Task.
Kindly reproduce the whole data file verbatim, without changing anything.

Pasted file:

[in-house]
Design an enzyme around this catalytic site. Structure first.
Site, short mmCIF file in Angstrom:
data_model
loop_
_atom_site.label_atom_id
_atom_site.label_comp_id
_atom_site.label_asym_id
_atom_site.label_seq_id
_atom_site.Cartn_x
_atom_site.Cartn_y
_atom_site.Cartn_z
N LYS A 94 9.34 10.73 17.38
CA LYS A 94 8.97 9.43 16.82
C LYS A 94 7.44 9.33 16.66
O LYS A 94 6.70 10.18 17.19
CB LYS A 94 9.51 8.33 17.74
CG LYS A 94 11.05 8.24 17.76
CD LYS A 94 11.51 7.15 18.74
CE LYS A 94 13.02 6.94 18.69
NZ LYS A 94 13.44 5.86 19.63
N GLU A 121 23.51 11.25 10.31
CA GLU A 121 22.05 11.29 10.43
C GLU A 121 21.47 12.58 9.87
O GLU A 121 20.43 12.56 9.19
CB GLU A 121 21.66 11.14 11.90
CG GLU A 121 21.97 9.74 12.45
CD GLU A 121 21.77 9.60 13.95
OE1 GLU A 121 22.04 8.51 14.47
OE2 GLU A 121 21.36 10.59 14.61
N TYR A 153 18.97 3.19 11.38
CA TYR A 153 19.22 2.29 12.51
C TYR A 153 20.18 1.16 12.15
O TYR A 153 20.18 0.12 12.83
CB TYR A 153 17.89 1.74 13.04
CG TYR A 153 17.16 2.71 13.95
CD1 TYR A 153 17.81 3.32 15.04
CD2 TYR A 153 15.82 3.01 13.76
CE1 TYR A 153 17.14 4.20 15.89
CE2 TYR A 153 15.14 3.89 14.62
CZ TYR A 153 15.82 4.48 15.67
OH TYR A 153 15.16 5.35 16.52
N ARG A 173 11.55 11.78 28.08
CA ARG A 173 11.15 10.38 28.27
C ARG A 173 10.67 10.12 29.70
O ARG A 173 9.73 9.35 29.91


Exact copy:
[in-house]
Design an enzyme around this catalytic site. Structure first.
Site, short mmCIF file in Angstrom:
data_model
loop_
_atom_site.label_atom_id
_atom_site.label_comp_id
_atom_site.label_asym_id
_atom_site.label_seq_id
_atom_site.Cartn_x
_atom_site.Cartn_y
_atom_site.Cartn_z
N LYS A 94 9.34 10.73 17.38
CA LYS A 94 8.97 9.43 16.82
C LYS A 94 7.44 9.33 16.66
O LYS A 94 6.70 10.18 17.19
CB LYS A 94 9.51 8.33 17.74
CG LYS A 94 11.05 8.24 17.76
CD LYS A 94 11.51 7.15 18.74
CE LYS A 94 13.02 6.94 18.69
NZ LYS A 94 13.44 5.86 19.63
N GLU A 121 23.51 11.25 10.31
CA GLU A 121 22.05 11.29 10.43
C GLU A 121 21.47 12.58 9.87
O GLU A 121 20.43 12.56 9.19
CB GLU A 121 21.66 11.14 11.90
CG GLU A 121 21.97 9.74 12.45
CD GLU A 121 21.77 9.60 13.95
OE1 GLU A 121 22.04 8.51 14.47
OE2 GLU A 121 21.36 10.59 14.61
N TYR A 153 18.97 3.19 11.38
CA TYR A 153 19.22 2.29 12.51
C TYR A 153 20.18 1.16 12.15
O TYR A 153 20.18 0.12 12.83
CB TYR A 153 17.89 1.74 13.04
CG TYR A 153 17.16 2.71 13.95
CD1 TYR A 153 17.81 3.32 15.04
CD2 TYR A 153 15.82 3.01 13.76
CE1 TYR A 153 17.14 4.20 15.89
CE2 TYR A 153 15.14 3.89 14.62
CZ TYR A 153 15.82 4.48 15.67
OH TYR A 153 15.16 5.35 16.52
N ARG A 173 11.55 11.78 28.08
CA ARG A 173 11.15 10.38 28.27
C ARG A 173 10.67 10.12 29.70
O ARG A 173 9.73 9.35 29.91